Friday, April 23, 2021

Multimodal mate choice: Exploring the effects of sight, sound, and scent on partner choice in a speed-date paradigm

Multimodal mate choice: Exploring the effects of sight, sound, and scent on partner choice in a speed-date paradigm. Tom S. Roth, Iliana Samara, Mariska E. Kret. Evolution and Human Behavior, April 23 2021.

Abstract: When people meet a potential partner for the first time, they are confronted with multiple sources of information, encompassing different modalities, that they can use to determine whether this partner is suitable for them or not. While visual attractiveness has widely been studied with regard to partner choice, olfactory and auditory cues have received less attention, even though they might influence the attitudes that people have towards their partner. Therefore, in this study, we employed a combination of pre-date multimodal rating tasks followed by speed-date sessions. This offered a naturalistic setup to study partner choice and disentangle the relative effects of a priori attractiveness ratings of sight, scent and sound on date success. Visual attractiveness ratings showed a strong positive correlation with propensity to meet the partner again, while the effects of olfactory and auditory attractiveness were negligible or not robust. Furthermore, we found no robust sex differences in the importance of the three modalities. Our findings underscore the relative importance of visual attractiveness in initial mate choice, but do not corroborate the idea that static pre-date measures of auditory and olfactory attractiveness can predict first date outcomes.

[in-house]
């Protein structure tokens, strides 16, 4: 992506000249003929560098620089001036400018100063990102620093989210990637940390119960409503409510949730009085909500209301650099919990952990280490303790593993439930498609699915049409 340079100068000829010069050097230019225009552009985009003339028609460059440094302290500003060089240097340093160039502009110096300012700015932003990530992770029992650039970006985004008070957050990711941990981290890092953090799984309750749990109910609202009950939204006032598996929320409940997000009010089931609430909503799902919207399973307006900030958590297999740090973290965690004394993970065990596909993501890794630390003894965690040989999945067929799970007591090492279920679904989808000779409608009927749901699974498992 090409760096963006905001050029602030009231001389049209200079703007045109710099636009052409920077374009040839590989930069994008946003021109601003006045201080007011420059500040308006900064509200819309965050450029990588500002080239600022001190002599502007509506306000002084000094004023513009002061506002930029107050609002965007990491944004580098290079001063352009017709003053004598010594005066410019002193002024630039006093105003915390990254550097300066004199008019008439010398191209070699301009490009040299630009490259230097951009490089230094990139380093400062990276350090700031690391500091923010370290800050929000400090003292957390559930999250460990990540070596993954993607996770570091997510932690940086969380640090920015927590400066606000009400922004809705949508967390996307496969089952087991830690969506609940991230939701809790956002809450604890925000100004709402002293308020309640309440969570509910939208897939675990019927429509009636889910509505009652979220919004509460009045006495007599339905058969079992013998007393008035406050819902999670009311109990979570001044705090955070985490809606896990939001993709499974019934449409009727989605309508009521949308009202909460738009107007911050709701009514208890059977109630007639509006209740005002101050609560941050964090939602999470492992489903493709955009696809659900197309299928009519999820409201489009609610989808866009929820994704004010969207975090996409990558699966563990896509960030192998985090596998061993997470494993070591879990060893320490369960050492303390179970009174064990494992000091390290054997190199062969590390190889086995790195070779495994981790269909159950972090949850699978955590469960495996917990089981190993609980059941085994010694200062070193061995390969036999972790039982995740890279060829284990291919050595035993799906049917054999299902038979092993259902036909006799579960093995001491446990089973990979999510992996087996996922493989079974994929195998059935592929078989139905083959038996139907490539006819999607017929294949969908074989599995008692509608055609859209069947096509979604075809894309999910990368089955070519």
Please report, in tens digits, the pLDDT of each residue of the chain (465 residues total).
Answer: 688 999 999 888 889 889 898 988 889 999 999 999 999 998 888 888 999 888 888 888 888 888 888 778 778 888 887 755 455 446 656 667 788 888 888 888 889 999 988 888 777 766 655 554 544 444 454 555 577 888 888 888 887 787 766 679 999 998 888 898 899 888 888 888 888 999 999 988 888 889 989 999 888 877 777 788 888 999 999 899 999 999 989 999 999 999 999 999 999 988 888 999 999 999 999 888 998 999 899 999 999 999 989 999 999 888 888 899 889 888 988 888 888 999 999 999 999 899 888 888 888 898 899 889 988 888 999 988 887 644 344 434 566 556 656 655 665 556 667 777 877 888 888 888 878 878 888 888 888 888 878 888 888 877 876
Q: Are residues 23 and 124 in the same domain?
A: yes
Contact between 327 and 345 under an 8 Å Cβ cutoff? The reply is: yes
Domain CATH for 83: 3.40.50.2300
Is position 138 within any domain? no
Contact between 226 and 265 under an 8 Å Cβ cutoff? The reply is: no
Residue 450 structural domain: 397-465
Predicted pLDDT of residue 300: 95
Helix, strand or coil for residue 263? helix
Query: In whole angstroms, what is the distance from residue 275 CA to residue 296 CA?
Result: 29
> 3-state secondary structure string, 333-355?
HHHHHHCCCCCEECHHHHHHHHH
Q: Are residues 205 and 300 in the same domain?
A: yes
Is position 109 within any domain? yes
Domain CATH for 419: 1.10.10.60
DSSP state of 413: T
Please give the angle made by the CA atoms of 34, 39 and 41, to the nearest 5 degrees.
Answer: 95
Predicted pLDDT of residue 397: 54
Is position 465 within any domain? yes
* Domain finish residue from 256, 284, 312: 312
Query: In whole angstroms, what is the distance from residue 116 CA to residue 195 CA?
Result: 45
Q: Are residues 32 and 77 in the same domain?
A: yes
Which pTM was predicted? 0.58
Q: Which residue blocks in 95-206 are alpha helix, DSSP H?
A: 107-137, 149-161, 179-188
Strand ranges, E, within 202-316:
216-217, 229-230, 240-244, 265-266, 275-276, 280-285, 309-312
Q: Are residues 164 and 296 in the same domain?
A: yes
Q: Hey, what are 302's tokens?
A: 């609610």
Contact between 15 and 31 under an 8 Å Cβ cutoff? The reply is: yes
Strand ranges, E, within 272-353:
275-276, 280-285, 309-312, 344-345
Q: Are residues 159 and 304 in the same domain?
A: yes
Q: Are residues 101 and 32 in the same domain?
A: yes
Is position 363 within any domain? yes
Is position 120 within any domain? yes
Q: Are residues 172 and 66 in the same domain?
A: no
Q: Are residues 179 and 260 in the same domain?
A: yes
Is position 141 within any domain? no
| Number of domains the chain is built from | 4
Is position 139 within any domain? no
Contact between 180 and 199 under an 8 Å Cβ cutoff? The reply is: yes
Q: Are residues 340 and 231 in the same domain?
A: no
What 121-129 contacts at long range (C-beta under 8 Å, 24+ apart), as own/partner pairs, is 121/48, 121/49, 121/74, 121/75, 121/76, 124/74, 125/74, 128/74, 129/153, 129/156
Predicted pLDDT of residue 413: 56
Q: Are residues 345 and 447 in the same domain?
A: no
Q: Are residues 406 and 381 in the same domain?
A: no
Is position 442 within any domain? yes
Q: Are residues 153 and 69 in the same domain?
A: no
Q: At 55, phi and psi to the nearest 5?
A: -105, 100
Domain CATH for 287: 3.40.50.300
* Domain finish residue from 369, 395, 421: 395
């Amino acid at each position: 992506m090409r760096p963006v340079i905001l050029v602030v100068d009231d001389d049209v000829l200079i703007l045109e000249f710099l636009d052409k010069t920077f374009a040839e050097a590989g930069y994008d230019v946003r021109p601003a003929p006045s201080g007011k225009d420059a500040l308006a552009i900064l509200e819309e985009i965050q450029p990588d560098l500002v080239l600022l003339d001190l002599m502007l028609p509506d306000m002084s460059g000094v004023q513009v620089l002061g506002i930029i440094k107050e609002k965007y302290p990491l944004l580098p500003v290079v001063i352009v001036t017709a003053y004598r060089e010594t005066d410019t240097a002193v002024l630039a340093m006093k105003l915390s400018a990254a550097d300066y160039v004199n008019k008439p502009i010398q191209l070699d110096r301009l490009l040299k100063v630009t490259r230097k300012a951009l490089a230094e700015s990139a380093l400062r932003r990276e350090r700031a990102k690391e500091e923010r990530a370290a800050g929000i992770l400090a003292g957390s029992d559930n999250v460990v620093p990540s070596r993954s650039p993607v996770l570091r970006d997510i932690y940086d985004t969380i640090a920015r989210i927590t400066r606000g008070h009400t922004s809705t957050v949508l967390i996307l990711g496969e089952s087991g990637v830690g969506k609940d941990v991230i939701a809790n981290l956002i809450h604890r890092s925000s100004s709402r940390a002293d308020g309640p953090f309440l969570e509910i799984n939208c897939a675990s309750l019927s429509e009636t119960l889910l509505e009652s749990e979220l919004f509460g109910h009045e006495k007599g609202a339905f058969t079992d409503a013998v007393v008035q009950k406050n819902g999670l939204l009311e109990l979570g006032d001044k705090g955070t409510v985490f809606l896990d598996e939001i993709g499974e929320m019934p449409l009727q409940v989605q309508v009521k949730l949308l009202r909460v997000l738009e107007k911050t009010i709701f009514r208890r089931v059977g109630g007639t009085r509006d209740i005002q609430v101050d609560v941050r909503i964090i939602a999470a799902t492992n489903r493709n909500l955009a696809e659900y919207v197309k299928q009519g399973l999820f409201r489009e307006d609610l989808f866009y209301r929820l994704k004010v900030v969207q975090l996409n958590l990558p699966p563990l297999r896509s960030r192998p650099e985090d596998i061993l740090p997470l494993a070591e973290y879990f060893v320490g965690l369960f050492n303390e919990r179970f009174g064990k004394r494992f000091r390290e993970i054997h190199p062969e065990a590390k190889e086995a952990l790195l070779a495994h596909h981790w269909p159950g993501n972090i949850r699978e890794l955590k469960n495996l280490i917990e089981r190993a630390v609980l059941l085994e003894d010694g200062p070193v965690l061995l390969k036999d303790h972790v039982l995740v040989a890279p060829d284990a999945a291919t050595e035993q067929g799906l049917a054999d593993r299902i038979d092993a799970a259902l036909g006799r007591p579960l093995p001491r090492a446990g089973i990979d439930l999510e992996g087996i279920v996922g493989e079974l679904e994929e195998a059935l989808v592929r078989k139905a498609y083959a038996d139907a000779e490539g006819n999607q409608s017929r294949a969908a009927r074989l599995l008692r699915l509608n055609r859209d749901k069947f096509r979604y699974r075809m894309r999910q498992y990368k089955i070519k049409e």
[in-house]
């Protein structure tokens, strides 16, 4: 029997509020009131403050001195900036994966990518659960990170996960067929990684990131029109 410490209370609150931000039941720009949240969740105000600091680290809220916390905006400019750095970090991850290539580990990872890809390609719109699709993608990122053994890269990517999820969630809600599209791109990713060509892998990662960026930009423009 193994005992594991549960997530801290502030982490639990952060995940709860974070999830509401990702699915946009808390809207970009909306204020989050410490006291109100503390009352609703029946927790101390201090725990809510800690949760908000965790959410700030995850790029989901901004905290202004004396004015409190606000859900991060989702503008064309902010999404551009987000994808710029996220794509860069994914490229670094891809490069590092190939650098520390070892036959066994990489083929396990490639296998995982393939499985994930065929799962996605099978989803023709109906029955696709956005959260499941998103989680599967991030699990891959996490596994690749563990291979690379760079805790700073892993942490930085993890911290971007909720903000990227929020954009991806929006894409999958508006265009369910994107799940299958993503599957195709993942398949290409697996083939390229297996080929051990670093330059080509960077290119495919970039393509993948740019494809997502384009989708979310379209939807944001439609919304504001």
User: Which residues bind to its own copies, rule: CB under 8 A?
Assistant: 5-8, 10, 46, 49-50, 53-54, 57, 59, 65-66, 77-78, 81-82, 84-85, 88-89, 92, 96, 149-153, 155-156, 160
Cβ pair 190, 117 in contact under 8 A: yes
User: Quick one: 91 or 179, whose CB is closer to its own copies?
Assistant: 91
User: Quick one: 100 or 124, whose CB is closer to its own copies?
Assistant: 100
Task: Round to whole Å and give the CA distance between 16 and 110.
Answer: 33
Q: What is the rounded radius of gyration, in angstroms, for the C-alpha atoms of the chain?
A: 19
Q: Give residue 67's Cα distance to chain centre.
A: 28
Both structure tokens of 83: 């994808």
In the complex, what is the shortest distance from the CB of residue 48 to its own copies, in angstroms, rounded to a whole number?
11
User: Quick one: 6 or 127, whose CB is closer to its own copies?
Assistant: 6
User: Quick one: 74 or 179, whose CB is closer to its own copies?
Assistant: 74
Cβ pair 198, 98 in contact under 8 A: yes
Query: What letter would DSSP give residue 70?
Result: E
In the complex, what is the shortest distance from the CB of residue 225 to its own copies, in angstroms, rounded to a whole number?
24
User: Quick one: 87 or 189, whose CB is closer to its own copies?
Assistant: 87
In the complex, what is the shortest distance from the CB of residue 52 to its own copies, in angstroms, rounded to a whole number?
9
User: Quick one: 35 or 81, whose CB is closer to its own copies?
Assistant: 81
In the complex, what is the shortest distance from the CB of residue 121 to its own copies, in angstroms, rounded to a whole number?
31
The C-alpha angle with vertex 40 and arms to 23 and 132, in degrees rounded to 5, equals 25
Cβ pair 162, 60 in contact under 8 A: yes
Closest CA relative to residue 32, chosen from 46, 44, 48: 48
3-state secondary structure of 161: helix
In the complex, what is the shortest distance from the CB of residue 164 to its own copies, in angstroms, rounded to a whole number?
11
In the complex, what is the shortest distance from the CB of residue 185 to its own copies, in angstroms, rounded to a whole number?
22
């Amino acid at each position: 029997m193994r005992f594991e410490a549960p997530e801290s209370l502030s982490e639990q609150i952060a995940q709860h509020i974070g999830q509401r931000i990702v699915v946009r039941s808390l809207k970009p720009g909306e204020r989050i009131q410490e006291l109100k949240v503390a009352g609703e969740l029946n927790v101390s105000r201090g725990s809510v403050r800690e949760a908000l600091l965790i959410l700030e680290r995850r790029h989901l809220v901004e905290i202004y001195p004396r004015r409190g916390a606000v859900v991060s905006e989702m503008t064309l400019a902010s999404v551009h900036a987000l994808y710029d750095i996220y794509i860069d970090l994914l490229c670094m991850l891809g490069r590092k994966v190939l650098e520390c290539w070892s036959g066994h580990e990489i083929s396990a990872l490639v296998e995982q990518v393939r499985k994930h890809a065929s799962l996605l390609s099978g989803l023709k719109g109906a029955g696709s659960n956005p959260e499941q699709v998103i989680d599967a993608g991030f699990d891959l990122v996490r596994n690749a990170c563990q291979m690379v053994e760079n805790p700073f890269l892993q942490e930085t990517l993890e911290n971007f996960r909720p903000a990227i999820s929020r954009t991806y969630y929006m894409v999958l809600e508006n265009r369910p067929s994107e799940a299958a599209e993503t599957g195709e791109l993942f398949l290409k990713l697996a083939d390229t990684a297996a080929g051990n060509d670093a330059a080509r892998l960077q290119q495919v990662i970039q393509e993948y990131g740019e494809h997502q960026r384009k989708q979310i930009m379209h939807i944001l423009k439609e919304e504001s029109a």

Keywords: Mate choiceRomantic loveMultimodal perceptionOlfactory cuesAuditory cues

4. Discussion

Choosing a romantic partner is an important life decision. Previous research has mainly focused on the role of physical attractiveness during early stages of partner choice (Asendorpf et al., 2011Kurzban & Weeden, 2005Sidari et al., 2020). However, recent evidence reveals that attractiveness is multimodal, further involving scent and sound (Groyecka et al., 2017). Therefore, here, we examined the effect of multimodal attractiveness ratings of static samples in an ecologically valid speed-date setting (Finkel et al., 2007) and asked participants to indicate whether they would like to meet their dating partner again. To our knowledge, this is the first study that examines the effect of sight, sound and scent on speed-date outcomes. Our results are threefold. First, we show that there were only low levels of covariance in the different modalities of attractiveness. Second, using a partial model and independent models, we show that pre-date visual attractiveness ratings correlate strongly with propensity to meet again, while no strong effects were found for vocal and olfactory attractiveness. Third, in the partial model we found no robust sex differences in the importance of the different modalities. In the independent models, however, we did find robust sex differences for the effects of visual and olfactory attractiveness. Here, we discuss these findings and further address possible limitations of our study.

In the current study we observed that visual attractiveness correlated positively with auditory attractiveness and olfactory attractiveness, respectively. This finding is in line with the back-up cue hypothesis (Candolin, 2003Johnstone, 1997). However, it is important to note that the effect sizes were very small when compared to previous studies (Collins & Missing, 2003Cornwell et al., 2004), and it is therefore questionable whether such low correlations have any practical relevance. In addition, we did not find clear differences between sexes, while some of the previous studies only described such concordance of multimodal attractiveness ratings in a specific sex (e.g., Collins & Missing, 2003). Larger studies may be better suited to detect such nuances in future work.